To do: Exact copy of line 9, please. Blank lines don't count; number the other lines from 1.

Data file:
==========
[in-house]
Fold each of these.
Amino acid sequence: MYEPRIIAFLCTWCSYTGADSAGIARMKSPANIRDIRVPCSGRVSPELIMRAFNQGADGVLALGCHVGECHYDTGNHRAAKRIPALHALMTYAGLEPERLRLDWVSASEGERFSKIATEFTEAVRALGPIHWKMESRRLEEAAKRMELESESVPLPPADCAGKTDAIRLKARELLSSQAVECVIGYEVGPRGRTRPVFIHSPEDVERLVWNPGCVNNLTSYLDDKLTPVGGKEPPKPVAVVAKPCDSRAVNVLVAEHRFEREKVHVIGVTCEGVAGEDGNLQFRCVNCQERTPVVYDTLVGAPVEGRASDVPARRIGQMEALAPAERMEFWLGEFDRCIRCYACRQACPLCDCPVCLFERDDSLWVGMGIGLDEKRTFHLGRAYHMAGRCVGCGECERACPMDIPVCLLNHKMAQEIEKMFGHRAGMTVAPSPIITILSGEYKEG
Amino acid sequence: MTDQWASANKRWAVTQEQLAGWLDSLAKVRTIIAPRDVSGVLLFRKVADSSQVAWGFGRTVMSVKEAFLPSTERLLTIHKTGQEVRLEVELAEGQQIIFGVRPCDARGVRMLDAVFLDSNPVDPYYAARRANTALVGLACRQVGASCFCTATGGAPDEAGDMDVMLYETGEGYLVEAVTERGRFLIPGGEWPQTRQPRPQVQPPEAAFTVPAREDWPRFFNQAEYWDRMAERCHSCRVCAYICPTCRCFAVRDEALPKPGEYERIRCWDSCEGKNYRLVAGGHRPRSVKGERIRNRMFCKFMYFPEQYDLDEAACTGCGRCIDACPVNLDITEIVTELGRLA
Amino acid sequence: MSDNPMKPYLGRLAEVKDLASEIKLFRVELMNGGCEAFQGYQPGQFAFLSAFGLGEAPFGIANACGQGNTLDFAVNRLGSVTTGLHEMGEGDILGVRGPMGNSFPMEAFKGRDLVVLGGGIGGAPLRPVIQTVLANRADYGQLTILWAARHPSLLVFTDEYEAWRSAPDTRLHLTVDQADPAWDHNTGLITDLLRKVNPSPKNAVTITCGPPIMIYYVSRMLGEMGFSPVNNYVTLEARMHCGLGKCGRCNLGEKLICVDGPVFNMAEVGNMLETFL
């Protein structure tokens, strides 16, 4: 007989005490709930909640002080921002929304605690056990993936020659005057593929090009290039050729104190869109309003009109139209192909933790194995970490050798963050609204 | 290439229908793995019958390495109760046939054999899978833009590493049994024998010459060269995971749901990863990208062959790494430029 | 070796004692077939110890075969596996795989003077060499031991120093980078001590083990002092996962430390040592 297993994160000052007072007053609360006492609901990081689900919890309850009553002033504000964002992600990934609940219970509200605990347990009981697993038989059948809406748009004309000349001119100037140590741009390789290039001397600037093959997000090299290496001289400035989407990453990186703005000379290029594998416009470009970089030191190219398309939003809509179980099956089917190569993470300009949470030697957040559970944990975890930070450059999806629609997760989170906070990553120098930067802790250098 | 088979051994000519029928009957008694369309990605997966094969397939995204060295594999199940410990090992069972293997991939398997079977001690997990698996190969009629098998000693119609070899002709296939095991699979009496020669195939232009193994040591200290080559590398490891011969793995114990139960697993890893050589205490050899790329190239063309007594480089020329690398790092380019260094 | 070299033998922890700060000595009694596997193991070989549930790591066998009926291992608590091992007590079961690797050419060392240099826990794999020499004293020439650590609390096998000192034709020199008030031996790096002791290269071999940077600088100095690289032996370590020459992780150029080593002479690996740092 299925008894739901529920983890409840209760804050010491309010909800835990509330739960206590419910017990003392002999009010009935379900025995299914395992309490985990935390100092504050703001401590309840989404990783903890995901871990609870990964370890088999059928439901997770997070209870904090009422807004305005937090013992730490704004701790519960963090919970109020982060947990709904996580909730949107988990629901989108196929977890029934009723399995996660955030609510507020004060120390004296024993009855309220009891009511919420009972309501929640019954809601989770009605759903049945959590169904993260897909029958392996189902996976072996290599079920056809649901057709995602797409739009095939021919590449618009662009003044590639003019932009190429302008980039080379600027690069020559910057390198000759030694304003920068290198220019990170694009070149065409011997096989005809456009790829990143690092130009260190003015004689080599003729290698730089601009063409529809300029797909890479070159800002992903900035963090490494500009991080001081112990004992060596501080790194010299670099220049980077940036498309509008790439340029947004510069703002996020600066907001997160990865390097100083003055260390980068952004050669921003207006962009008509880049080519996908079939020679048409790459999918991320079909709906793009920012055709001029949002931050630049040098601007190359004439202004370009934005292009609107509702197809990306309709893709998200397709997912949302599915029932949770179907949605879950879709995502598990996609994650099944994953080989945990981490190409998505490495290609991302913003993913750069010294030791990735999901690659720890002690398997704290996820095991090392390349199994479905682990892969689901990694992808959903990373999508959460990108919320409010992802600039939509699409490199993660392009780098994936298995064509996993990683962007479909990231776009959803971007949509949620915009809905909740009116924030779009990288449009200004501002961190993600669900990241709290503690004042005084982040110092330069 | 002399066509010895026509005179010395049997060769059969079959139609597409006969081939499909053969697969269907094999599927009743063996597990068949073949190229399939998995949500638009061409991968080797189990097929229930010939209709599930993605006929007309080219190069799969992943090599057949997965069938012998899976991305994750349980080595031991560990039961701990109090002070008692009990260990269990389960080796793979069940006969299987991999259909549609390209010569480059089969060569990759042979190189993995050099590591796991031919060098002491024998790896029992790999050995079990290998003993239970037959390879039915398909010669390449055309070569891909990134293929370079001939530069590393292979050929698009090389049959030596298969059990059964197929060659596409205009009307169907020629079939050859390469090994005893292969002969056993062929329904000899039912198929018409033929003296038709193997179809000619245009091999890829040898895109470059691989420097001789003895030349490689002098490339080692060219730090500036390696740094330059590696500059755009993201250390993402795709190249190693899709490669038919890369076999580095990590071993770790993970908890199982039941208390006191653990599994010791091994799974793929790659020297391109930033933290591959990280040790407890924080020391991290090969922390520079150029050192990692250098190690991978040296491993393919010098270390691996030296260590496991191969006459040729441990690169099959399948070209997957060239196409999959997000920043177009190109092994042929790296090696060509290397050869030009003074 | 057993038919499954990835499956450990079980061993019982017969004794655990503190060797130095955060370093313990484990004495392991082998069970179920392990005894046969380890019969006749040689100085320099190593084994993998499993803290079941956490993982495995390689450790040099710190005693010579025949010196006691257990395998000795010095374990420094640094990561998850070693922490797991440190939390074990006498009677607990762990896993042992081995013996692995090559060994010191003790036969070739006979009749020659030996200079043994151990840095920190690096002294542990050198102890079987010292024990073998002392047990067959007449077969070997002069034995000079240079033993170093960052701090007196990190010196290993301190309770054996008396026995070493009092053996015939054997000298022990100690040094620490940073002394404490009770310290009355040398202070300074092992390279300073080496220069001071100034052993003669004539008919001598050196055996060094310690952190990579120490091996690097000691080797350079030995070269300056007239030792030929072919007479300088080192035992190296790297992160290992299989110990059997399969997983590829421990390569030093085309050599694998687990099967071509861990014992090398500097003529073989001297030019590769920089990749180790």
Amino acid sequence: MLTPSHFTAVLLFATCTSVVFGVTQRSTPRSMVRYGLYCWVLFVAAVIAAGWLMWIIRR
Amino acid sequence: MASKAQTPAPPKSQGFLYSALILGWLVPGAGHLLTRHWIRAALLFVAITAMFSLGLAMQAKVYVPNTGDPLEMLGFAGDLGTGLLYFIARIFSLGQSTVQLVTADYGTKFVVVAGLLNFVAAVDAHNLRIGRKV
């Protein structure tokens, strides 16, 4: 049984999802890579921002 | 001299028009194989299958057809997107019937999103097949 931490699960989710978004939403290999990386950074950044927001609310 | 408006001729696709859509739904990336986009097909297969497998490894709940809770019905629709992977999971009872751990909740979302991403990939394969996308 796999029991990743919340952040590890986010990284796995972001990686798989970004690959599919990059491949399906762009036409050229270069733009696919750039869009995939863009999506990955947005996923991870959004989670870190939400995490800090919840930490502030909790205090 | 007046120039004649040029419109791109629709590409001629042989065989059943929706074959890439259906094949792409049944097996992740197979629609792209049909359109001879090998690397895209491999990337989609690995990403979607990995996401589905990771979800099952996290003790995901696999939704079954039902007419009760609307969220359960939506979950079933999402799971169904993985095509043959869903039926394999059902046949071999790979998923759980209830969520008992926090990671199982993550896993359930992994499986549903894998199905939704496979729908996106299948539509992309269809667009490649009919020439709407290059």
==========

């Protein structure tokens, strides 16, 4: 049984999802890579921002 | 001299028009194989299958057809997107019937999103097949 931490699960989710978004939403290999990386950074950044927001609310 | 408006001729696709859509739904990336986009097909297969497998490894709940809770019905629709992977999971009872751990909740979302991403990939394969996308 796999029991990743919340952040590890986010990284796995972001990686798989970004690959599919990059491949399906762009036409050229270069733009696919750039869009995939863009999506990955947005996923991870959004989670870190939400995490800090919840930490502030909790205090 | 007046120039004649040029419109791109629709590409001629042989065989059943929706074959890439259906094949792409049944097996992740197979629609792209049909359109001879090998690397895209491999990337989609690995990403979607990995996401589905990771979800099952996290003790995901696999939704079954039902007419009760609307969220359960939506979950079933999402799971169904993985095509043959869903039926394999059902046949071999790979998923759980209830969520008992926090990671199982993550896993359930992994499986549903894998199905939704496979729908996106299948539509992309269809667009490649009919020439709407290059």